Can Forest Service shift fire focus?

Can Forest Service shift fire focus?

06 November 2013

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USA — For years, Davey Pitcher pushed federal foresters for permission to protect trees just outside of his family’s Wolf Creek Ski Area from the invasion of the spruce beetle.

Even though local employees of the U.S. Forest Service thought it was a good idea and wanted to help, they never were able to clear the project through environmental and bureaucratic hurdles.

When the West Fork complex of wildfires bore down on Wolf Creek this summer, foresters were there quickly with resources and fast decisions to handle the emergency, Pitcher testified Tuesday to a U.S. Senate committee.

“What struck me was how differently the U.S. Forest Service performed when operating under rules that allowed decision-makers to apply resources in what had to be a timely manner,” Pitcher said.

Pitcher is calling for a paradigm shift in Forest Service rules that would allow front-line foresters more freedom to lessen hazards before wildfires break out.

Every summer, Congress and the Forest Service find themselves stuck in an intensifying wildfire dilemma that demands more money for firefighting, at the expense of fire prevention. This year, the Forest Service had to rely on $600 million in “fire borrowing” – raiding its budgets for recreation, logging and science in order to pay firefighters and contractors.

U.S. Sen. Michael Bennet, D-Colo., called Tuesday’s hearing of the Subcommittee on Conservation, Forestry and Natural Resources in order to look for solutions to the problem.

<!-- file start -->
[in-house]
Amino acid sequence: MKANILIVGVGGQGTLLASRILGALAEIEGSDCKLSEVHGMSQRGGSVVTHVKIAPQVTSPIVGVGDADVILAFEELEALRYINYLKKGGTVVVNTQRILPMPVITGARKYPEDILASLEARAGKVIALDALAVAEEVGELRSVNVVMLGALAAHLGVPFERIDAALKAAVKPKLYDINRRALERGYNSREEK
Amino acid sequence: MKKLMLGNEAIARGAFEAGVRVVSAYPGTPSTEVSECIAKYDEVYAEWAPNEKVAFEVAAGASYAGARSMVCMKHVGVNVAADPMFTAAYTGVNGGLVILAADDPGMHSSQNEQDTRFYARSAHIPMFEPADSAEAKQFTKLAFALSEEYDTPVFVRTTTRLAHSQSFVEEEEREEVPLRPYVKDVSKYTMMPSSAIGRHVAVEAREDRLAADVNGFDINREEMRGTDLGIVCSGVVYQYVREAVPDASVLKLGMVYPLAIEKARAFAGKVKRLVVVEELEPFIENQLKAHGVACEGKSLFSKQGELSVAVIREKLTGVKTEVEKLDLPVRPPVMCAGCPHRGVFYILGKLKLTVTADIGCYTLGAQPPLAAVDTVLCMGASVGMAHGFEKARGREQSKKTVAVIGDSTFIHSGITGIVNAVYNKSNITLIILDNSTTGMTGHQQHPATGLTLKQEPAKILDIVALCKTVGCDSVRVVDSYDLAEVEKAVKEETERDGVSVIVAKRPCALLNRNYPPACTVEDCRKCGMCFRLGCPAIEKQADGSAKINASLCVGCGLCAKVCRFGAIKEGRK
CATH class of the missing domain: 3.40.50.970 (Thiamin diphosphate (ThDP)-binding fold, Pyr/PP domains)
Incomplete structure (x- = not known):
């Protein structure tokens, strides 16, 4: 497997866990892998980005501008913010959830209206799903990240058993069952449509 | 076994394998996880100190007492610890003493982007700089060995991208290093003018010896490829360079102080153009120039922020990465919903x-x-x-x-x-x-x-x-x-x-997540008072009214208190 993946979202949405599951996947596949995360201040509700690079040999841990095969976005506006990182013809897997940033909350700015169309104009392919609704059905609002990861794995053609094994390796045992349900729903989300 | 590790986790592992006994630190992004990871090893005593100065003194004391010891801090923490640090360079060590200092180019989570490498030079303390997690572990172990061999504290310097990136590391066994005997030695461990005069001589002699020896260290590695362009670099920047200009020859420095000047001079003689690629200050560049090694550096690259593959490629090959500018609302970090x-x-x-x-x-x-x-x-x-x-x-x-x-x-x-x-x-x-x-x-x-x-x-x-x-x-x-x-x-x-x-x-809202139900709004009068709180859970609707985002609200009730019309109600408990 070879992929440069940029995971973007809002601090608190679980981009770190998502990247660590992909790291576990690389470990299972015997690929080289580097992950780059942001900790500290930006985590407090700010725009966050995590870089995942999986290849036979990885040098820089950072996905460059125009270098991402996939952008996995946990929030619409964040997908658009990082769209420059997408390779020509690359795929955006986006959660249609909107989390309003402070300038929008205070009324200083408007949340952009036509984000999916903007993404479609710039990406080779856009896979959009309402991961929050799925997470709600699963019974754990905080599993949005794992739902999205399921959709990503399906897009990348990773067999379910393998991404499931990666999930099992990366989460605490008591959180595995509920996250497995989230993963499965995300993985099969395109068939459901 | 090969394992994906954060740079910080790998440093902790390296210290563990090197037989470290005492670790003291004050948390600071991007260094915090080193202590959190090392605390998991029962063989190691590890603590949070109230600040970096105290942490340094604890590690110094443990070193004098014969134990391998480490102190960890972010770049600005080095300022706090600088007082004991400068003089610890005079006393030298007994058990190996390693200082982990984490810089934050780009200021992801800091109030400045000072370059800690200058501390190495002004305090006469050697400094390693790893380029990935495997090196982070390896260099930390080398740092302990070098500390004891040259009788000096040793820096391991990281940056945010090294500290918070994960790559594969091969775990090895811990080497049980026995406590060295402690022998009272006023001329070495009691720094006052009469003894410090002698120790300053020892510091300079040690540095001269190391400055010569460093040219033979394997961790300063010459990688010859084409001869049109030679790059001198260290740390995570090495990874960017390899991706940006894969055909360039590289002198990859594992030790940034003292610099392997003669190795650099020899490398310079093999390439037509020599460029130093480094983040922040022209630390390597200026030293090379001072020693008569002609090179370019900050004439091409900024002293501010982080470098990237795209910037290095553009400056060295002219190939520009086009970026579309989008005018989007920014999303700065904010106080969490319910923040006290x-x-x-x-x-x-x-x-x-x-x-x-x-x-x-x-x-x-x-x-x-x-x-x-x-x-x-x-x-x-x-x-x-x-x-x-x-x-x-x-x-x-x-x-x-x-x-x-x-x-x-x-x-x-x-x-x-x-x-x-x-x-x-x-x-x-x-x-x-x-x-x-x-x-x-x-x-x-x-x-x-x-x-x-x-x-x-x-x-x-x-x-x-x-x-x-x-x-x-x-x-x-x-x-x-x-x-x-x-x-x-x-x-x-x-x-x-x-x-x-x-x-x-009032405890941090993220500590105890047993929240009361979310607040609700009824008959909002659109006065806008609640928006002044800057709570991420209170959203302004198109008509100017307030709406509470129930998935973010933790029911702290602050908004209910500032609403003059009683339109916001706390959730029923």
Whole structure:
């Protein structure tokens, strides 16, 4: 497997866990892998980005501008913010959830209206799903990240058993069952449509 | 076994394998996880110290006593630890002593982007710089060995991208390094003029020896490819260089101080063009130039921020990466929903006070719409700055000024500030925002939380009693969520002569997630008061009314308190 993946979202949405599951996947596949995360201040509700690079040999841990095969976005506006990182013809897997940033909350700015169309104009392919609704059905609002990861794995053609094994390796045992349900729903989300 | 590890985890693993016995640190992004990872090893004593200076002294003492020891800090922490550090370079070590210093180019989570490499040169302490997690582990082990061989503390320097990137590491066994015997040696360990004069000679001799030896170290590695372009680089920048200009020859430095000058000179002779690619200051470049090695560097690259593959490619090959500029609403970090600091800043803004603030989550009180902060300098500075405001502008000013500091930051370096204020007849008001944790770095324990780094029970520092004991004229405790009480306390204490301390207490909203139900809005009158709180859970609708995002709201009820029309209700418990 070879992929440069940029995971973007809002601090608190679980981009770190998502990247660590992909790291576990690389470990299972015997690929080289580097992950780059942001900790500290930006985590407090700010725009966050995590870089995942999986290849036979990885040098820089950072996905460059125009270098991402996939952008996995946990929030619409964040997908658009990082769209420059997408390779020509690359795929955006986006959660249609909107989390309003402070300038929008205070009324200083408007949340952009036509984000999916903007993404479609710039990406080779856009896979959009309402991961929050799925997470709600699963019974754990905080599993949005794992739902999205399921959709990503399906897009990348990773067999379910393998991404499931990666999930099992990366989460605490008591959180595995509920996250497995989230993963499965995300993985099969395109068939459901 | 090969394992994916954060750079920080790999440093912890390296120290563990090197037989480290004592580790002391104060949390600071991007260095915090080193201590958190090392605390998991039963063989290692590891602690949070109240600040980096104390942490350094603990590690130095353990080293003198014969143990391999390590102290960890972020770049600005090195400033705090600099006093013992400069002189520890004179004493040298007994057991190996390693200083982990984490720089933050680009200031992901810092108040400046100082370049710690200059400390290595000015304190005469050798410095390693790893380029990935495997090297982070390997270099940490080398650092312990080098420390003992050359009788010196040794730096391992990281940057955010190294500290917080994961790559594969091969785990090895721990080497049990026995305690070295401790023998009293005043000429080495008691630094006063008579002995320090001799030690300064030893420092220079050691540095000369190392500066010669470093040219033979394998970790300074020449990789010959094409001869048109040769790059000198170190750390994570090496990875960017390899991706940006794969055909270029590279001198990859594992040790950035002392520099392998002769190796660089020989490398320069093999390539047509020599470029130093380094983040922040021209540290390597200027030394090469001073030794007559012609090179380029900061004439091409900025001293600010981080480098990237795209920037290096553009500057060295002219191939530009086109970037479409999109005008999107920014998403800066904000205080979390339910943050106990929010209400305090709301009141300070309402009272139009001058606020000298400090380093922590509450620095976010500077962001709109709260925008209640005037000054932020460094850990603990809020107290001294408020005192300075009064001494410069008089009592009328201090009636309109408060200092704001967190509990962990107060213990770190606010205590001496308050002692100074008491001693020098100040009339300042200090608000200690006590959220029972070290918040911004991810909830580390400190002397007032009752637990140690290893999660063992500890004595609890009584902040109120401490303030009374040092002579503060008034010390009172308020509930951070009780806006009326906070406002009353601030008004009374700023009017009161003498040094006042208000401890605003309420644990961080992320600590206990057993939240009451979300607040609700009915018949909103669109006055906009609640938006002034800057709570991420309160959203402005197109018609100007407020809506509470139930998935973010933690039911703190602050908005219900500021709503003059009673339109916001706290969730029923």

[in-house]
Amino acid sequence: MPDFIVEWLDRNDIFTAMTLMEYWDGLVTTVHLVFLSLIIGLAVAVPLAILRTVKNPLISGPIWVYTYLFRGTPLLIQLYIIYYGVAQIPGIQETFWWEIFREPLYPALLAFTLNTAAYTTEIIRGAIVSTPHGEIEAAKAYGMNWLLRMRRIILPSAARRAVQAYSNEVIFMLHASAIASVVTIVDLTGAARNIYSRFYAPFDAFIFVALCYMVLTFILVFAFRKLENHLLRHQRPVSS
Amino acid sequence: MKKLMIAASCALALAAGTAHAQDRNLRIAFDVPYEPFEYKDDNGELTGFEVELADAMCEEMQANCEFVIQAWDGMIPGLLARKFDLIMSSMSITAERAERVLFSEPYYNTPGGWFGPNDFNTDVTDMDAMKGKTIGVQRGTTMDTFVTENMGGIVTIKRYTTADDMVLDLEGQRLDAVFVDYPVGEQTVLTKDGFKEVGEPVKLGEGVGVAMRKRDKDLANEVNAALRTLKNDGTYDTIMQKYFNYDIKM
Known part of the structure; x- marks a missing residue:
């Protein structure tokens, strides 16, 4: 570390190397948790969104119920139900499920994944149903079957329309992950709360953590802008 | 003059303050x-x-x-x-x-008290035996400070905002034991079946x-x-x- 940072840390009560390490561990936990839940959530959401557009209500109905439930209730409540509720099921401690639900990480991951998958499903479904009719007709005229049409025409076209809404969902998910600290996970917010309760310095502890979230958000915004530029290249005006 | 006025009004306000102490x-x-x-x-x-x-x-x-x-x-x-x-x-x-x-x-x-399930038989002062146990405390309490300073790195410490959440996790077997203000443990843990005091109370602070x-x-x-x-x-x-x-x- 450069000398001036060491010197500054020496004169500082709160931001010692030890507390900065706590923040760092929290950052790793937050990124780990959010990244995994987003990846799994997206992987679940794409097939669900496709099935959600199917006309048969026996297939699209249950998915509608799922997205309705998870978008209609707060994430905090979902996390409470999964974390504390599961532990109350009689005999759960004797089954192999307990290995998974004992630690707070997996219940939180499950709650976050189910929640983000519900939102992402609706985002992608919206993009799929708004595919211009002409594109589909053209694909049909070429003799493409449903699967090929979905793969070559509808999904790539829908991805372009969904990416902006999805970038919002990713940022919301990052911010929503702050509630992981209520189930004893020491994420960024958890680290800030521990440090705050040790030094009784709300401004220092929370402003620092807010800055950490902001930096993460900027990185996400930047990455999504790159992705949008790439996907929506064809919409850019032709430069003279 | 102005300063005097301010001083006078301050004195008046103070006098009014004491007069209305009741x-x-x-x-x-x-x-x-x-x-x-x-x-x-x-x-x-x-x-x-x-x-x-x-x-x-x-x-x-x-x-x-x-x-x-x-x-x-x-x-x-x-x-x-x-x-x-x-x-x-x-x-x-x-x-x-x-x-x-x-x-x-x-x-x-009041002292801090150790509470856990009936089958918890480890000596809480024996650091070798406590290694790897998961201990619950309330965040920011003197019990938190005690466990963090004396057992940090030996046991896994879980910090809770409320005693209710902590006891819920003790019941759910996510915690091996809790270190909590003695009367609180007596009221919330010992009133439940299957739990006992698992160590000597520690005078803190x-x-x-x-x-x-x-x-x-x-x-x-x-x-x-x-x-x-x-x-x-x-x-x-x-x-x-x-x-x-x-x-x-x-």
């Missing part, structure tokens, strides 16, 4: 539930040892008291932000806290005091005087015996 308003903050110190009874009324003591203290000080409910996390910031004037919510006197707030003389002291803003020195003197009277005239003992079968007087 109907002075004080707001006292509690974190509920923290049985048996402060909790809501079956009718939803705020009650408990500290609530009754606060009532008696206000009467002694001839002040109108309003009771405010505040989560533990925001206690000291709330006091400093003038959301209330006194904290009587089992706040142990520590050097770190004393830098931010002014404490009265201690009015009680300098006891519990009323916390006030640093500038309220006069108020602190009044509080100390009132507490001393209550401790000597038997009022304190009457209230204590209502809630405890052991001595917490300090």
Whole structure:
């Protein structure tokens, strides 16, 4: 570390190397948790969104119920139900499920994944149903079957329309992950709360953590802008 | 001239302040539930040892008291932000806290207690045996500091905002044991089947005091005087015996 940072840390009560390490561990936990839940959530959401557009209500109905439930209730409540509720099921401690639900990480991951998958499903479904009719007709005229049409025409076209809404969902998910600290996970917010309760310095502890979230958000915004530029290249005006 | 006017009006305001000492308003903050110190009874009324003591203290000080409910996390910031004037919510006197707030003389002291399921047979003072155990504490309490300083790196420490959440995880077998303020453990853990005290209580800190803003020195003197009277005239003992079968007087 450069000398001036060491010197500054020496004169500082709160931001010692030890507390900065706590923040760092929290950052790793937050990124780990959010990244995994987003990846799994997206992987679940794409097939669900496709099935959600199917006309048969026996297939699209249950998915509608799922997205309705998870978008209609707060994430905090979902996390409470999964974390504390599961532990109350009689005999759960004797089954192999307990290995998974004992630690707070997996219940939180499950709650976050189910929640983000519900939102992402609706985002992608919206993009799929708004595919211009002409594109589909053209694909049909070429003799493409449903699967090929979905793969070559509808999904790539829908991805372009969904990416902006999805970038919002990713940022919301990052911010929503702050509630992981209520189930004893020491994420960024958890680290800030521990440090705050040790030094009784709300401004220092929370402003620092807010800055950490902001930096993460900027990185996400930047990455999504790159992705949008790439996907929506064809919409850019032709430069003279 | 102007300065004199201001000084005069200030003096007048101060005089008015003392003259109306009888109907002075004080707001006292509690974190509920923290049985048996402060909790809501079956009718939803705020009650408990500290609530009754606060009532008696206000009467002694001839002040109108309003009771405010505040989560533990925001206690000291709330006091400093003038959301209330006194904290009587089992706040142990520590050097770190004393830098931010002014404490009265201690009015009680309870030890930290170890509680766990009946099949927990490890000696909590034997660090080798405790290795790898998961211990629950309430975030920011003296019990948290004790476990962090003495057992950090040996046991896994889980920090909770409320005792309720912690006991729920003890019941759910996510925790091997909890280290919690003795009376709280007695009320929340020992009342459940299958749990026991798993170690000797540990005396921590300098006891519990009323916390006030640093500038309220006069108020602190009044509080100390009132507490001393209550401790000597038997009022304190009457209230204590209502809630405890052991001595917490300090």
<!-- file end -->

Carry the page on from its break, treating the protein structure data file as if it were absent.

“We need to take a saner approach, in which we put in the work on the front end, ahead of the fires,” Bennet said during the hearing in Washington, D.C.

However, the White House budget for the Forest Service slashes the money available to treat hazardous fuels. Bennet worried the White House plan would leave enough to treat less than 700,000 acres – down from about 2 million today, and significantly less than the 9 million acres burned in recent wildfire seasons.

Jim Hubbard, deputy chief of the Forest Service, said the budget cut is because money is tight and not because of a lack of commitment to clearing overgrown forests near towns.

“The Forest Service very much agrees that hazardous fuels reduction is effective,” Hubbard said.

Two Republican and two Democratic senators attended the hearing, and they generally agreed that it’s better to pay for fire prevention than fire fighting – the opposite of what the federal government does now.

“It’s not this administration’s fault, it’s not the last administration’s fault. It’s the last several, several administrations’ and Congress’s fault,” said Sen. John Boozman, R-Ark.

It was Pitcher, though, who pointed out the essence of the problem. Beetle outbreaks and wildfires are natural processes, he said, but even in the most remote parts of Colorado, there’s always houses, utility lines or some other human settlement that needs to be defended from the flames.

“There isn’t really any area where these natural fires on a grand scale can take place without affecting anybody,” Pitcher said.

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